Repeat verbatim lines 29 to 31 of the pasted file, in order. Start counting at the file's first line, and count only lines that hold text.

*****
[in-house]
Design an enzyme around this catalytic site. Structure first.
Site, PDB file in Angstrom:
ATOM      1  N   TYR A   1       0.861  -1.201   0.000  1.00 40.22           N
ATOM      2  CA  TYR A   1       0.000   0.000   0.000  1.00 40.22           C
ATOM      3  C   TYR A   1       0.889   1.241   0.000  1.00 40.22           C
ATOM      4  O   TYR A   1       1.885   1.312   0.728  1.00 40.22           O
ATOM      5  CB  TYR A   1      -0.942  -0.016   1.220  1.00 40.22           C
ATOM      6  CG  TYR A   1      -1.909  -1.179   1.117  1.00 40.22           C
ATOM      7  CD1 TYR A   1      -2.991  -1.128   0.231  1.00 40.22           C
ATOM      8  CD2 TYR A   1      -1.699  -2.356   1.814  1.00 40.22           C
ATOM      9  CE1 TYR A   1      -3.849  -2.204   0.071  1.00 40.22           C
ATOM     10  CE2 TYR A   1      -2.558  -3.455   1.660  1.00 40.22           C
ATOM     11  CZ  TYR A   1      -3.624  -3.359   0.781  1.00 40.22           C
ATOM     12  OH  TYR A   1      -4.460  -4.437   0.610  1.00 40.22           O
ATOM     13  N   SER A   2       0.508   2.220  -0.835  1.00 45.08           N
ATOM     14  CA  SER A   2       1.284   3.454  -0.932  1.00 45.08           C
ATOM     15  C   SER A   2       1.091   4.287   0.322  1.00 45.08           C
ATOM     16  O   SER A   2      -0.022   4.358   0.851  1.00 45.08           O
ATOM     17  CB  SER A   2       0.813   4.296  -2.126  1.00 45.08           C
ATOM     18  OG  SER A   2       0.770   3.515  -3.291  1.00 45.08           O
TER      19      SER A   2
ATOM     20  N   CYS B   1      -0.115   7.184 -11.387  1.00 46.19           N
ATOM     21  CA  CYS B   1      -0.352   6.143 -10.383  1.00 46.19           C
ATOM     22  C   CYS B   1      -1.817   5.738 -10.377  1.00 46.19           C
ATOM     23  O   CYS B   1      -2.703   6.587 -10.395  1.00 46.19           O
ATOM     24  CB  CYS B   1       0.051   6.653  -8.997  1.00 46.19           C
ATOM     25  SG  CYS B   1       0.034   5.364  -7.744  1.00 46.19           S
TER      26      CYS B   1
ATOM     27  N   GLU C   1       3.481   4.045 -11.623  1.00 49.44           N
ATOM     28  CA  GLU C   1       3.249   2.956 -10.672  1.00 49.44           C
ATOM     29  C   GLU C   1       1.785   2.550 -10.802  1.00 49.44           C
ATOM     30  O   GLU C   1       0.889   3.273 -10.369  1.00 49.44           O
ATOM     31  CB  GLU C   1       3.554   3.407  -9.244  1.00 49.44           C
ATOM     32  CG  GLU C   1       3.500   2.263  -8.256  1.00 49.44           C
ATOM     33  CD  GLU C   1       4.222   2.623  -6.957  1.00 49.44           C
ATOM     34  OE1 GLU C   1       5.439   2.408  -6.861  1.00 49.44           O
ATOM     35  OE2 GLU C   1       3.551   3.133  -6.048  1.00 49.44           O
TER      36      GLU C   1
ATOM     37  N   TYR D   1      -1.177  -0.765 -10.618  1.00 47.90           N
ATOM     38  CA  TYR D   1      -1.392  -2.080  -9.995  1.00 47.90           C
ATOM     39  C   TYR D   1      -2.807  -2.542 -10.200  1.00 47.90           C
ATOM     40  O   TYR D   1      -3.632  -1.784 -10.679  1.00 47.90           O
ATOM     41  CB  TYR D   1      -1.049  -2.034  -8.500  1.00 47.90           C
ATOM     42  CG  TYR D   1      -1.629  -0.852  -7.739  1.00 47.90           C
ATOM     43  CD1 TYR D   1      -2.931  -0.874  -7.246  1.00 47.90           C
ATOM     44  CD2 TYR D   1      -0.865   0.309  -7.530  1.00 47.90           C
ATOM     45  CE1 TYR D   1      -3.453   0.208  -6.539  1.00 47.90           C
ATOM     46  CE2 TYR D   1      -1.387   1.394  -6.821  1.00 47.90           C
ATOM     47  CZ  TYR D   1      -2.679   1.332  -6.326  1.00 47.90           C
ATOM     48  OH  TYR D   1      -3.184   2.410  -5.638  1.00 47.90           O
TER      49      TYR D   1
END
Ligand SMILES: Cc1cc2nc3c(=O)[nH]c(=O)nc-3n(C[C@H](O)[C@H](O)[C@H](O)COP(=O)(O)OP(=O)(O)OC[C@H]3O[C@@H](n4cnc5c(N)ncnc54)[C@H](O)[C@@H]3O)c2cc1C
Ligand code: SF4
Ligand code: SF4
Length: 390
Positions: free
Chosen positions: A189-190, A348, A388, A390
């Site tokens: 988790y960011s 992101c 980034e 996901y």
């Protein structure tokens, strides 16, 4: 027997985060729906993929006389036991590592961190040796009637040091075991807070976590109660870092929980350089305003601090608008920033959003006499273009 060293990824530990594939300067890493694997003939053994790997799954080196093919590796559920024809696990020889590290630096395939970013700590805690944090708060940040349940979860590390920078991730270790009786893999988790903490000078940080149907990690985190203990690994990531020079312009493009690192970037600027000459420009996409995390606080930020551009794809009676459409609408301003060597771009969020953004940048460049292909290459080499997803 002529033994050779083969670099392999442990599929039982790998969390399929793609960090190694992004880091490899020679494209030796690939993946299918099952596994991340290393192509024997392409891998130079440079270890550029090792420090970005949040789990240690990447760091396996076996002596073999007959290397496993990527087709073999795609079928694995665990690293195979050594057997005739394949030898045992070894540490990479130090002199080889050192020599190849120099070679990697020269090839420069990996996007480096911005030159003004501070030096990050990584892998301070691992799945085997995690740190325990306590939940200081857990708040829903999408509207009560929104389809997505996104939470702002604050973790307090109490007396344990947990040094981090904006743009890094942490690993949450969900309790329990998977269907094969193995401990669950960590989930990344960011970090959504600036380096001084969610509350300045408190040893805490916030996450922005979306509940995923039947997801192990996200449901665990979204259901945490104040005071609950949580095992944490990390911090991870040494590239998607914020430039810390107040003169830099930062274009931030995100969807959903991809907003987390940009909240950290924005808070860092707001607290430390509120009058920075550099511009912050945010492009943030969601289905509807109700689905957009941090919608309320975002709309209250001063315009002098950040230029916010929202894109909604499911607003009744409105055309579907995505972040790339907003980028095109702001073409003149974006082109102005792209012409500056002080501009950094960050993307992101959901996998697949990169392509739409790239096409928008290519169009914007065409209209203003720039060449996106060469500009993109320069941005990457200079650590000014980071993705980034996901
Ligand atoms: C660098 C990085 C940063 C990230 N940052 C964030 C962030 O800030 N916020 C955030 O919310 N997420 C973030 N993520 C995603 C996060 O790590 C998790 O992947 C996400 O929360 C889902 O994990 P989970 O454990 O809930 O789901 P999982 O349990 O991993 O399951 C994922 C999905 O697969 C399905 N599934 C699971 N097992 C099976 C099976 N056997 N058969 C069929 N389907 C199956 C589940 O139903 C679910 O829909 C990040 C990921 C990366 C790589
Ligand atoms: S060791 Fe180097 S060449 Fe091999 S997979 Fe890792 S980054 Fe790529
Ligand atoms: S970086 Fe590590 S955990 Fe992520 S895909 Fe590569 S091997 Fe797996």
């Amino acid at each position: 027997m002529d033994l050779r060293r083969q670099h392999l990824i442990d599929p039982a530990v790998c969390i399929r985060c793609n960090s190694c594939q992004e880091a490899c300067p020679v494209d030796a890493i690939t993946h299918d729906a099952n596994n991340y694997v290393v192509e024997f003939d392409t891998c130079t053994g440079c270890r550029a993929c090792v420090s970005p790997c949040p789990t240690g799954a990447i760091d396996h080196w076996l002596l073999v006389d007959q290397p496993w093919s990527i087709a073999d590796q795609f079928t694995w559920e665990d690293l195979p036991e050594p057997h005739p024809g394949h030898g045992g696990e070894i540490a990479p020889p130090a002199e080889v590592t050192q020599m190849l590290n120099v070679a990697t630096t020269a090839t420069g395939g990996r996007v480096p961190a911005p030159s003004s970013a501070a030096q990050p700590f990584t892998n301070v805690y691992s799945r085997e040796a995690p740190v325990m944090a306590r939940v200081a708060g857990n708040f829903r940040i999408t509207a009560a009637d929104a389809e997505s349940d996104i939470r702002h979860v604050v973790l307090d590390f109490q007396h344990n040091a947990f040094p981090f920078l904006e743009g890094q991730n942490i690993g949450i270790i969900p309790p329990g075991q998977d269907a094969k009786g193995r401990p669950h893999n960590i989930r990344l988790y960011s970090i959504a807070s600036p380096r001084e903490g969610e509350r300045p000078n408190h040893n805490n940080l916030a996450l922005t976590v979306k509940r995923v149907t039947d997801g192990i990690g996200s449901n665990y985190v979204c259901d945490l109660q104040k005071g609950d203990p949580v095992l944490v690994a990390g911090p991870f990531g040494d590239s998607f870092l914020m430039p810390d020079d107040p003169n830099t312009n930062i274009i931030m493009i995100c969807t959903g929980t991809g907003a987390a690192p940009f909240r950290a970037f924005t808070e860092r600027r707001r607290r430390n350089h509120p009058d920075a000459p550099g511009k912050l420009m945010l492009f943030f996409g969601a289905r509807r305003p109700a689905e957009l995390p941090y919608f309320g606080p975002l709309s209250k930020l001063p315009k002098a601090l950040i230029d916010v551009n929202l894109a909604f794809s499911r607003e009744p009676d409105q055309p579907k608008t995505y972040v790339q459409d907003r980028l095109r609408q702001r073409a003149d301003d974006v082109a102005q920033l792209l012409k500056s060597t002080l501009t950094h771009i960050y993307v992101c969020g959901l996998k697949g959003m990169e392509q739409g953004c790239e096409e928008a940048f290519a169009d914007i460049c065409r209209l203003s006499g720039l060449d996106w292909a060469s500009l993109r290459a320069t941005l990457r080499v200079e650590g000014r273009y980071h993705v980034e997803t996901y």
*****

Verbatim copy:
TER      26      CYS B   1
ATOM     27  N   GLU C   1       3.481   4.045 -11.623  1.00 49.44           N
ATOM     28  CA  GLU C   1       3.249   2.956 -10.672  1.00 49.44           C